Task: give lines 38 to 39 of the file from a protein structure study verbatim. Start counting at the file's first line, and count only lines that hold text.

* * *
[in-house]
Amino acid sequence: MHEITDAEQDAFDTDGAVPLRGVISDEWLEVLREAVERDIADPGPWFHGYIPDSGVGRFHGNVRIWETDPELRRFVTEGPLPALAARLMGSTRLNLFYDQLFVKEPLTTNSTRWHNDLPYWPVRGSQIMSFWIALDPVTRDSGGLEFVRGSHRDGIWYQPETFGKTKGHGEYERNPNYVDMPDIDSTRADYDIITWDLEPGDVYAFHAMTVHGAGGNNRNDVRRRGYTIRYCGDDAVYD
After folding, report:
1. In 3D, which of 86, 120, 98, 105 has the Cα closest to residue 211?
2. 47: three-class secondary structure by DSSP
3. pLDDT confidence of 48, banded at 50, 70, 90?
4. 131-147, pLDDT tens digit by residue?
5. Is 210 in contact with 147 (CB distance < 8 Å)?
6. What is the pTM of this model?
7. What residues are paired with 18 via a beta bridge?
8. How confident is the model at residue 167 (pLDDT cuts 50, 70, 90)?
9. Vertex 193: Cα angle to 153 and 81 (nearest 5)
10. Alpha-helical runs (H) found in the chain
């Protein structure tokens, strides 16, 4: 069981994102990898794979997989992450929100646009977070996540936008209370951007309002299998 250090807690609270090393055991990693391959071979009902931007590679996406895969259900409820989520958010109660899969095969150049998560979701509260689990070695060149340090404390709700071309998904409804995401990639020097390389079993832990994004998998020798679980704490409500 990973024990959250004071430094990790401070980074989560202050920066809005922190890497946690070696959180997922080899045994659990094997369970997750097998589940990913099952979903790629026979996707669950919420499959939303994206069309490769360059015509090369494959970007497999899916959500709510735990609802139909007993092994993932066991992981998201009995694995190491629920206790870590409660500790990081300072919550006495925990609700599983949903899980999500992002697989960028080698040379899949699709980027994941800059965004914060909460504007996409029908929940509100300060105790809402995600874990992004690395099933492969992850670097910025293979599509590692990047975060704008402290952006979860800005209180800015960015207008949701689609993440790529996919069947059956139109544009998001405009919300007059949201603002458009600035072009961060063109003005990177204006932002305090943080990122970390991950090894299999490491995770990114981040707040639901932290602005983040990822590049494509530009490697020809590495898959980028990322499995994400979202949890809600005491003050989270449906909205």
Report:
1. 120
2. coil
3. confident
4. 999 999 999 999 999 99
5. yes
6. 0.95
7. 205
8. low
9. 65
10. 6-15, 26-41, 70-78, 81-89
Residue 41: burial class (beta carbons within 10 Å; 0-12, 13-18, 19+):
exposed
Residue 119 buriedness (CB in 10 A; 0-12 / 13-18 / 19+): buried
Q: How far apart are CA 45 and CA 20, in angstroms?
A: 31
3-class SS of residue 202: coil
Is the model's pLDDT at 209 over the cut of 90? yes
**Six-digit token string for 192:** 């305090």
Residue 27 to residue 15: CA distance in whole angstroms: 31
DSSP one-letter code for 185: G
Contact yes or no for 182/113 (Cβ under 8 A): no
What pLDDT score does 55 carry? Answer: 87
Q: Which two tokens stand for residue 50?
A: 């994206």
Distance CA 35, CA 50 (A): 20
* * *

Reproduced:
Q: Which two tokens stand for residue 50?
A: 């994206």